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Choosing Mr. Right – 6 Strategies for Safer Decisions….

January 30, 2018

Some women find it difficult finding Mr. Right. They may be jumping into the relationship too quickly.  These strategies may save a lot of disappointment and hurt:

1) Determine if this should even get started:

For whatever reason, men of limited virtue seem to have radar for vulnerable women. So the first question to ask him is, “Are you single”. If not, don’t even bother to ask anything else, just run. Developing rapport with a married man or a man living with another woman is just asking for trouble.

2) Find out if he is still licking old wounds:

If the fellow is separated, find out how long the separation has been. If too short, he may still be carrying a torch for the other woman. Not long enough and he may not have looked at himself to figure out his own contribution to the demise. Somewhere in the middle and he may just be sexually hungry. In any event, it can take six months to well over a year to get past a prior relationship and be ready for another. Be careful not to be his transitional relationship or just the answer to his pent up sexual frustration. These relationships tend not to last.

3) Take a drinking/drug inventory:

The more the booze (or drugs), the greater likelihood of problems. Ask him how much he drinks. You aren’t looking for his assessment of his drinking, but actual numbers. So, if he says he is a social drinker, ask him how often he socializes, with whom and how many alcoholic beverages per occasion. More than six drinks a week or more than 4 per occasion and the risk of problems begin to escalate. It would be wise to take a pass. As for illicit drugs, totally out of the question.

4) Check out his respect for you:

Assuming the fellow is unattached, not licking old wounds, and not drinking more than a little, start slow and get to know him. Emotional attachment clouds rational judgement, so use your head before your heart. As you get to know each other through dating, make your own preferences known. See if you share in decisions and if your input is accepted and valued. If decision-making is all one-sided there is a big clue that you do not have a voice in the relationship. Further, if values and goals are different or if there are behaviors at issue, discuss them. If these issues cannot be resolved or if you find your views dismissed now then sex, marriage, cohabiting or having children will not make this any better. You might be better off leaving now and starting the process again.

5) Put your health first:

If indeed you are ready for sex, the fellow must wear a condom. There simply is no other device that can reduce the risk of getting a sexually transmitted disease. While you are at it, practice another form of contraception at the same time. No one contraceptive is 100% foolproof. Combining a contraceptive with a condom will greatly reduce the risk of both contraception and STDs. If the fellow refuses to wear a condom or one is not available, then no intercourse. If the fellow objects, he is telling you that your health is secondary to his sexual gratification. This is not the basis of a caring relationship and signals an exit point.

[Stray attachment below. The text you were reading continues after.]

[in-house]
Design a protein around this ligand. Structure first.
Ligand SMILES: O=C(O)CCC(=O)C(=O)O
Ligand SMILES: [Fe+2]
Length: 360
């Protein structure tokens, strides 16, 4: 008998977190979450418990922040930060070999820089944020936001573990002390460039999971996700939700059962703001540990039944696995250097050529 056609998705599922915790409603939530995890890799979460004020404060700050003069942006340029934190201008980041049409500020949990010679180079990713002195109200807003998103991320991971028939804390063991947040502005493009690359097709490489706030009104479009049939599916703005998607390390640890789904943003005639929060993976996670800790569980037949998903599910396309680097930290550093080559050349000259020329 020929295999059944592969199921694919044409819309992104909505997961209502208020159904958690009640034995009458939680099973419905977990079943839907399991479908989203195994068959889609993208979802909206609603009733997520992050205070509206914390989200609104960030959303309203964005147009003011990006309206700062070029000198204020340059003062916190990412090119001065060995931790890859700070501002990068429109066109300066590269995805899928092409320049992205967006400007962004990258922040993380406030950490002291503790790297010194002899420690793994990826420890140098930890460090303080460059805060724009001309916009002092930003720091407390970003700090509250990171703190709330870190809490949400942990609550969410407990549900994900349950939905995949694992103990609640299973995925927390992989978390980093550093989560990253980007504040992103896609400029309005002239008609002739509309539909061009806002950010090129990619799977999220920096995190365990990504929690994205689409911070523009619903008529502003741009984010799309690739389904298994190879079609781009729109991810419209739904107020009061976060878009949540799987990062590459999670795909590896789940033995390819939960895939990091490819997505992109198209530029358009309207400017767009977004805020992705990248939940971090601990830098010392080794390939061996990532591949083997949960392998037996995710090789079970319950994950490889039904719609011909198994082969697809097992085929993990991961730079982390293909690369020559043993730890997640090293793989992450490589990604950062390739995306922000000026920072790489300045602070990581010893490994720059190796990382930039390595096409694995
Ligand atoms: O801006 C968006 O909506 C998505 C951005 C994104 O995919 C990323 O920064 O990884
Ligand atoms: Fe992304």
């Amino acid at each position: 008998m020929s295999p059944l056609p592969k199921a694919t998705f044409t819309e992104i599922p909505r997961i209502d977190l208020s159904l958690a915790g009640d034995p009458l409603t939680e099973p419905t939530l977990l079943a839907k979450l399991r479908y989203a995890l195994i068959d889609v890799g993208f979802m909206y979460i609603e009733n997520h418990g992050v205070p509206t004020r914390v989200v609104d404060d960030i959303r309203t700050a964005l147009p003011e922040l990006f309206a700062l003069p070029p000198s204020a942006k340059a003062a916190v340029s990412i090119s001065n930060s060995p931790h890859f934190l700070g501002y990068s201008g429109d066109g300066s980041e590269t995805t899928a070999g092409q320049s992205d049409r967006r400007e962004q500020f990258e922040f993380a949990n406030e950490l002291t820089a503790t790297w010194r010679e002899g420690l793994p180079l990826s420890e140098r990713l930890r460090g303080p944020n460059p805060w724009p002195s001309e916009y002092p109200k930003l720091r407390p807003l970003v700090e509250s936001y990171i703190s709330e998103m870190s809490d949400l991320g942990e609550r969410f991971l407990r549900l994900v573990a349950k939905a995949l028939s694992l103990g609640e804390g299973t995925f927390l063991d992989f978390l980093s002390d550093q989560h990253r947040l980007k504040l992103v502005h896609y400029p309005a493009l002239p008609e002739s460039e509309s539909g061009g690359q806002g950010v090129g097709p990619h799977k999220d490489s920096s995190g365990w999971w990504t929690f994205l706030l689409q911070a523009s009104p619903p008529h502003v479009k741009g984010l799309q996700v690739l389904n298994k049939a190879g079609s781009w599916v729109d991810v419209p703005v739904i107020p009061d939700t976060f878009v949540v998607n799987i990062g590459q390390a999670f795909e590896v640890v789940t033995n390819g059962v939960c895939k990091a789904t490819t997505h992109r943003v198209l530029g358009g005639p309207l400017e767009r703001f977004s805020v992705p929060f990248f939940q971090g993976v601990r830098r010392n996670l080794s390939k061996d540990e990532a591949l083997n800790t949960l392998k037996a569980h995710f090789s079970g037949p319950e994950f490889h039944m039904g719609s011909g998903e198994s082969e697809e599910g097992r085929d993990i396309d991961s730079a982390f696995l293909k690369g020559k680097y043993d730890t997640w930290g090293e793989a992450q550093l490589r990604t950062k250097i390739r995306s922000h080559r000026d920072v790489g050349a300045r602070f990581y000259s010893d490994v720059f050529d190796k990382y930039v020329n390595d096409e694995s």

6) Continue to get to know each other:

If you have gotten this far and now think this relationship has substance, continue to court for at least a year before cohabiting or marriage. People are often on their best behavior in the beginning of relationships. A period of courtship allows the couple to get comfortable with each other such that their true self emerges. See if you like him then. If so, then consider formalizing your relationship. If you find yourself being marginalized, pulled from old friends and/or family, this could be a sign that you are being isolated to only be available to the fellow. If this is the case, run.

Just like it takes time and effort to churn milk into butter, it takes time to determine the goodness of fit in relationships. Slow the process down and take the above strategies as steps along the way. The goal is a stable, healthy and sustainable relationship to truly meet mutual needs and interests rather than a quick jump into the pool, holding your nose, hoping the water isn’t polluted. Finding Mr. Right requires time and choices.

I am Gary Direnfeld and I am a social worker. Check out all my services and then call me if you need help with a personal issue, mental health concern, child behavior or relationship, divorce or separation issue or even help growing your practice. I am available in person and by Skype.

Gary Direnfeld, MSW, RSW for counseling and support – to build your successful practice


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Gary Direnfeld is a social worker. Courts in Ontario, Canada, consider him an expert in social work, marital and family therapy, child development, parent-child relations and custody and access matters. Gary is the host of the TV reality show, Newlywed, Nearly Dead, parenting columnist for the Hamilton Spectator and author of Marriage Rescue: Overcoming the ten deadly sins in failing relationships. Gary maintains a private practice in Dundas and Georgina Ontario, providing a range of services for people in distress. He speaks at conferences and workshops throughout North America. He consults to mental health professionals as well as to mediators and collaborative law professionals about good practice as well as building their practice.


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